The museum building comprises exhibition rooms, auxiliary spaces and storerooms. The vestibule and twelve exhibition rooms contain objects excavated in the Altis. The auxiliary spaces (caf?, lavatories) are located in the museum’s east wing; a separate building between the museum and the archaeological site houses a book and souvenir shop. Finally, part of the east wing and the basement are dedicated to storage and conservation of terracottas, bronze, stone, mosaics and minor objects.

The Archaeological Museum of Olympia, supervised by the Seventh Ephorate of Prehistoric and Classical Antiquities, was reorganized in 2004 to meet modern museological standards.”

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On a trip to Ancient Olympia our group stopped at the beautiful mountain village to have a drink and enjoy the traditional surroundings.

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Vytina (Greek: Βυτίνα, Vytína) is a mountain village and a former municipality in Arcadia, Peloponnese, Greece. It is considered a traditional settlement. Since the 2011 local government reform it is part of the municipality Gortynia, of which it is a municipal unit. The municipal unit has an area of 139.309 km2. The seat of the municipality was the village Vytina. The village is located at the foot of the mountain range Mainalo. The area produces marble, a variation called the Black of Vytina. Vytina is 10 km east of Levidi, 15 km northeast of Dimitsana and 24 km northwest of Tripoli. The Greek National Road 74 (Tripoli – Pyrgos) passes through Vytina. The ancient Arcadian city Methydrion was located near Vytina.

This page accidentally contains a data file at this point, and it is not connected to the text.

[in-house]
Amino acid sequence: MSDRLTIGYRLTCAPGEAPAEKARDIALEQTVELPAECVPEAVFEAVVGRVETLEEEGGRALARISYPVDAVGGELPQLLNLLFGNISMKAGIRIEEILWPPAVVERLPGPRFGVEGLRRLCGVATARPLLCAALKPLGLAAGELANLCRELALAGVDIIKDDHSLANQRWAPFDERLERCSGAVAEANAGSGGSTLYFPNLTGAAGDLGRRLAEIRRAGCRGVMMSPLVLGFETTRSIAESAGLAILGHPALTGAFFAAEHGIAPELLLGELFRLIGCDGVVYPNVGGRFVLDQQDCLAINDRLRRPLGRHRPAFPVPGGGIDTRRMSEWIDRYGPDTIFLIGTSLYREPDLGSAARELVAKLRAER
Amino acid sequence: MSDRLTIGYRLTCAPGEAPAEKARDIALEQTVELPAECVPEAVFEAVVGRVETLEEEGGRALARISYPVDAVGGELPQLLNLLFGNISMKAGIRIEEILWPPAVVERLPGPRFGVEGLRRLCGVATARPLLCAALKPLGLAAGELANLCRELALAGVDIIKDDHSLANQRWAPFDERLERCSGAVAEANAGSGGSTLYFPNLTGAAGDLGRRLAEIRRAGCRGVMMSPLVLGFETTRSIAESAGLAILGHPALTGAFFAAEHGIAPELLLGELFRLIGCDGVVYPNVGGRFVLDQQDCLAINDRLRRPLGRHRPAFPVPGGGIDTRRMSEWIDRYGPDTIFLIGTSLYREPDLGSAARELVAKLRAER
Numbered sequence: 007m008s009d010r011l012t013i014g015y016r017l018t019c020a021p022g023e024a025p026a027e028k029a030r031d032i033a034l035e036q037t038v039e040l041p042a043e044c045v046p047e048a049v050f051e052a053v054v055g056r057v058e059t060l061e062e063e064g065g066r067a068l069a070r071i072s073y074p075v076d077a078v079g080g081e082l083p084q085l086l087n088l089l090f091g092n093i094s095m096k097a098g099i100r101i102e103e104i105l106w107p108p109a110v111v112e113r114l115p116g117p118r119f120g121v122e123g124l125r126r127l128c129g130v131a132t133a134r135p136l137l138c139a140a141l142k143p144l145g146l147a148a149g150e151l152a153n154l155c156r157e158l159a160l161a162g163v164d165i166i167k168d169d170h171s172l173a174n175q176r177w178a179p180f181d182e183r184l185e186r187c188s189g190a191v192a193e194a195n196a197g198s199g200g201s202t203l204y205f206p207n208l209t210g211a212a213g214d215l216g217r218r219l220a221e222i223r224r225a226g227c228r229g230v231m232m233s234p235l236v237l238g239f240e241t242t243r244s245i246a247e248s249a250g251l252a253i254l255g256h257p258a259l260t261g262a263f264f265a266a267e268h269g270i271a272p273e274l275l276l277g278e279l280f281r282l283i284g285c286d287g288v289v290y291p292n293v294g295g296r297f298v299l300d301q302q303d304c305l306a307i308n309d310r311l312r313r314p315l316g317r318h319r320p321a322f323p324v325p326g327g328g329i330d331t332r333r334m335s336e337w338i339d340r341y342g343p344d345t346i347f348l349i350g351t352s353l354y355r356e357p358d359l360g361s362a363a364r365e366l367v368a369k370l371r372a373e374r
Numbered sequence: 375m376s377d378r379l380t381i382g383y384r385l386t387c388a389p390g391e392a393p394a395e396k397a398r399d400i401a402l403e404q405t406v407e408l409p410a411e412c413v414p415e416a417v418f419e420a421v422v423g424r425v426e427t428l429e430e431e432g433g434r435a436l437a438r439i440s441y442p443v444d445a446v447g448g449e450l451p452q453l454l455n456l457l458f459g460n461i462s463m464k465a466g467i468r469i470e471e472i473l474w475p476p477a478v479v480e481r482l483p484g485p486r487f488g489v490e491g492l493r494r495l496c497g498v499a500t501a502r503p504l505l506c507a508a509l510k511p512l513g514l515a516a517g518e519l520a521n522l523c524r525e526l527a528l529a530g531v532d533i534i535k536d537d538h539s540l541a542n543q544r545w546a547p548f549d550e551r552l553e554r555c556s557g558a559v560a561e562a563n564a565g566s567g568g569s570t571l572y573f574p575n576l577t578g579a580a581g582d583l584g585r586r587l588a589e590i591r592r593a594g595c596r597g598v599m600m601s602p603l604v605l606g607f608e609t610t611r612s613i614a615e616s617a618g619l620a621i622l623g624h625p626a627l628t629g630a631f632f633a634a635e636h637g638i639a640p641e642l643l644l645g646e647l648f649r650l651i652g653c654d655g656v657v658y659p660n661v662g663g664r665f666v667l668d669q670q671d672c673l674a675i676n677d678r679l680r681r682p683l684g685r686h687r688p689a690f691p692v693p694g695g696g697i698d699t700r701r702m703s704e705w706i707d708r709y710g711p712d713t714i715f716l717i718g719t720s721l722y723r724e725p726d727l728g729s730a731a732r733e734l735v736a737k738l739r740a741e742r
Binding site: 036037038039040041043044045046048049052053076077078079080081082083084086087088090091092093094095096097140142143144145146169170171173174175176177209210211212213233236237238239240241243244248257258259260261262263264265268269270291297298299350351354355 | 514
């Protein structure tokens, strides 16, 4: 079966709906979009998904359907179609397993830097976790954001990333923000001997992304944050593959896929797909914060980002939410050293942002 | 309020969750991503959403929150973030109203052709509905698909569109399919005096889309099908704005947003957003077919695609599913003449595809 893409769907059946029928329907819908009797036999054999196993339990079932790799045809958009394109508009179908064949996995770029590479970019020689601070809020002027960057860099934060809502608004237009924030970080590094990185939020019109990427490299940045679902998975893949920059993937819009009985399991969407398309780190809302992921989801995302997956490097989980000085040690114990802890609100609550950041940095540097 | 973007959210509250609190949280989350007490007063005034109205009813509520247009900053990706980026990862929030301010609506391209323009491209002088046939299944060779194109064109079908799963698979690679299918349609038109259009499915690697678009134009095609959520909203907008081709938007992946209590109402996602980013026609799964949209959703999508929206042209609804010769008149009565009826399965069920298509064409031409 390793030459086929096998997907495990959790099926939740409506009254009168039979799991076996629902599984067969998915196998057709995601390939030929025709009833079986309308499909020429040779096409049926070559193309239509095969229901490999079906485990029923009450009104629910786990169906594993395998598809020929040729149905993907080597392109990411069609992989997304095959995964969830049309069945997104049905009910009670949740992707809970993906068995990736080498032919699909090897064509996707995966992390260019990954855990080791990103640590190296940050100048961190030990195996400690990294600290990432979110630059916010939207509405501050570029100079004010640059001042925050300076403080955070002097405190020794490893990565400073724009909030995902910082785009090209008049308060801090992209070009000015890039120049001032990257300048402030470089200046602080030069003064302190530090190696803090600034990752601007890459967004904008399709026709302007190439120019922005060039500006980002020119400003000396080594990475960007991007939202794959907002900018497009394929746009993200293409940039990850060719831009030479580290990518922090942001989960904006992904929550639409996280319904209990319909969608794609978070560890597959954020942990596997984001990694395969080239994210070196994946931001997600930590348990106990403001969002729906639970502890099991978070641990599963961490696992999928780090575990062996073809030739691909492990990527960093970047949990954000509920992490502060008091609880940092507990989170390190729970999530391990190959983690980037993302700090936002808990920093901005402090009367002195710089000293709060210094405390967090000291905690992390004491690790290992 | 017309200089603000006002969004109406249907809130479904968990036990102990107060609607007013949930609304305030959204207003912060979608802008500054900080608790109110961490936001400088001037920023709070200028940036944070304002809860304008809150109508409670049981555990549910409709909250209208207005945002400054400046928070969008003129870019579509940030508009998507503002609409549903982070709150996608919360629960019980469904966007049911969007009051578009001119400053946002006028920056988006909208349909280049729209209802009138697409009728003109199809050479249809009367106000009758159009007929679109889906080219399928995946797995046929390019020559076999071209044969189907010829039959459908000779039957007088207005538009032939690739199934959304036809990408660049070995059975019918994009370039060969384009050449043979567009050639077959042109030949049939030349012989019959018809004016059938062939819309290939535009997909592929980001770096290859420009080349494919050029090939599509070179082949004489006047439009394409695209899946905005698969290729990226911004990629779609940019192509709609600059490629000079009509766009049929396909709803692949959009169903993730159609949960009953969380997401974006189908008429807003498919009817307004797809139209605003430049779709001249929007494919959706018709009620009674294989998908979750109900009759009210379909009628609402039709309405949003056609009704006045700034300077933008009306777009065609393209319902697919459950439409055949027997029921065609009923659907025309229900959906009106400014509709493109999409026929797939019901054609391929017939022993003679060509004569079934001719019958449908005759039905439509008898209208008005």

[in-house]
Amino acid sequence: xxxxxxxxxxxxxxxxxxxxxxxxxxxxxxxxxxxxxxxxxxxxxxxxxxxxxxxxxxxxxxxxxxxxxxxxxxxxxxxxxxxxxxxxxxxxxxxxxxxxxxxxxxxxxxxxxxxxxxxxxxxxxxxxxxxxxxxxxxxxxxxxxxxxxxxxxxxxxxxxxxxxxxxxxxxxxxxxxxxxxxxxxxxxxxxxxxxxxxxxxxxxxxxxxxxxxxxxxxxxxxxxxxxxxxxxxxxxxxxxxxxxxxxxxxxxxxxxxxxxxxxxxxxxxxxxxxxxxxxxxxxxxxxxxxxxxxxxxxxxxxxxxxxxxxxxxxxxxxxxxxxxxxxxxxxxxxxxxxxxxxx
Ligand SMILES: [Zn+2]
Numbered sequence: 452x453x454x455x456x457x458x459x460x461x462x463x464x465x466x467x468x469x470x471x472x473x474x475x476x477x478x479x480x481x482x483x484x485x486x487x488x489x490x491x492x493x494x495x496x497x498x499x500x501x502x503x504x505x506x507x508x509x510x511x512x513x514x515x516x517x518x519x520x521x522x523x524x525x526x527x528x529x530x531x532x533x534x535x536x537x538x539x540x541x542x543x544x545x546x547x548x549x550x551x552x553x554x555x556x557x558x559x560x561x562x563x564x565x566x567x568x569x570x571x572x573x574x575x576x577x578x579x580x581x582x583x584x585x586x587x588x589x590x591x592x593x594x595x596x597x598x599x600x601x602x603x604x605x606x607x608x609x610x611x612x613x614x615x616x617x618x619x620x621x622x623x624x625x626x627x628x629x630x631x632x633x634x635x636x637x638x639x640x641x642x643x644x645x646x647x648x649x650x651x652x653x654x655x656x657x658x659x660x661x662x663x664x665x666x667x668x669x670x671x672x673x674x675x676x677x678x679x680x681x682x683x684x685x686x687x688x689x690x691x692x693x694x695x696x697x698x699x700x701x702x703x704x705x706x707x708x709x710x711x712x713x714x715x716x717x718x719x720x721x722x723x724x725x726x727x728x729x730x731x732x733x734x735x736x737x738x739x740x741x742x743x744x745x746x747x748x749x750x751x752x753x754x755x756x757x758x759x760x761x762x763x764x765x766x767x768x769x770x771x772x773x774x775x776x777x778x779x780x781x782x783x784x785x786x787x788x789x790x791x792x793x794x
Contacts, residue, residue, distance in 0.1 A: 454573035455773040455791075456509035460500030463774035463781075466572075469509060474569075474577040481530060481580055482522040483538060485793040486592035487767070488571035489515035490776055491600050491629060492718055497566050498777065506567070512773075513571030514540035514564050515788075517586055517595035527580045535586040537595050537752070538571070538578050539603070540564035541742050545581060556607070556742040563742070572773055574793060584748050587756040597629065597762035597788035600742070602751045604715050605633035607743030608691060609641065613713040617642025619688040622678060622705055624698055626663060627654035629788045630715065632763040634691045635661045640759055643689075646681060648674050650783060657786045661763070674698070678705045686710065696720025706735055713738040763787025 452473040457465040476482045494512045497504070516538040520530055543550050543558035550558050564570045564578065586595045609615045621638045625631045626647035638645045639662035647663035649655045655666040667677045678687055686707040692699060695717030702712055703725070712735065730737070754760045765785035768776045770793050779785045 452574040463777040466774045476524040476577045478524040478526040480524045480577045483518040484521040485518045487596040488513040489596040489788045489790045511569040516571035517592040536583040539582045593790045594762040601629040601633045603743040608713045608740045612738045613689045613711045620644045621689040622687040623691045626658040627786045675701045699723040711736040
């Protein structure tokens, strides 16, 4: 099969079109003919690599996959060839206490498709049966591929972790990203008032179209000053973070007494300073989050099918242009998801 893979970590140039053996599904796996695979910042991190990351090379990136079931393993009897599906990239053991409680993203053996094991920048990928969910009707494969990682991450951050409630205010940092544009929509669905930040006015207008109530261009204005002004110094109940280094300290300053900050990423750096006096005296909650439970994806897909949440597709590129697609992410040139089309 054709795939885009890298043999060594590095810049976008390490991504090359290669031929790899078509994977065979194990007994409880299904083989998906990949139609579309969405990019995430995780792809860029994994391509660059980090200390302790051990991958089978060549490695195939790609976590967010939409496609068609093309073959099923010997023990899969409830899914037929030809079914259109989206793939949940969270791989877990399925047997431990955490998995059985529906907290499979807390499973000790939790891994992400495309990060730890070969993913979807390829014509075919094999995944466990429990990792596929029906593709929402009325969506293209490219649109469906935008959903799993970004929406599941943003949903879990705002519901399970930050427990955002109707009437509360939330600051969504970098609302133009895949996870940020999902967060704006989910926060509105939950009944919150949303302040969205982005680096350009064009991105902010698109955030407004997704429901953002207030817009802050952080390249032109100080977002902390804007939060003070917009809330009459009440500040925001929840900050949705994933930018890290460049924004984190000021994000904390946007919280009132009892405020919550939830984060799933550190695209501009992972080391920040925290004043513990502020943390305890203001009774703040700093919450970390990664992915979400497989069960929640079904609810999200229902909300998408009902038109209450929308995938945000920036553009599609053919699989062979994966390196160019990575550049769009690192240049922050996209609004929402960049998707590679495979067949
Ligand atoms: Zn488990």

”FOLKLORE MUSEUM”

The Museum opened in 1986 and since 2000 it has been housed in a building given by the village’s former Mayor and maintained by the current Mayor.

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The Museum now works on Saturdays and Sundays from 11 to 5, the collections are categorized and the visitors are provided with informational material on every item, so that they are aware of each item’s history.

Among the items there are rural objects, traditional costumes and other things people used in their daily life, like tools and utensils.

However, there is still a maintenance problem, as none of the items has ever been maintained since the Museum opened its doors. In order to help solve this problem, students from the Technological Educational Institute of Athens do their internships at the Museum in order to help preserve the Greek cultural inheritance.

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A beautiful traditional village surrounded by majestic mountains and forest that you ought to visit.

 

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Image  —  Posted: March 31, 2019 in greece, mountain, travel, tripoli, Uncategorized
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Continuing the series of old OM film lenses used on my 10 year old CANON 500D (EOS Rebel T1i) I present you some more photos taken at Greek revolution celebration with the Miranda 28-70 mm f/ 3.8-4.8 MC Macro Lens.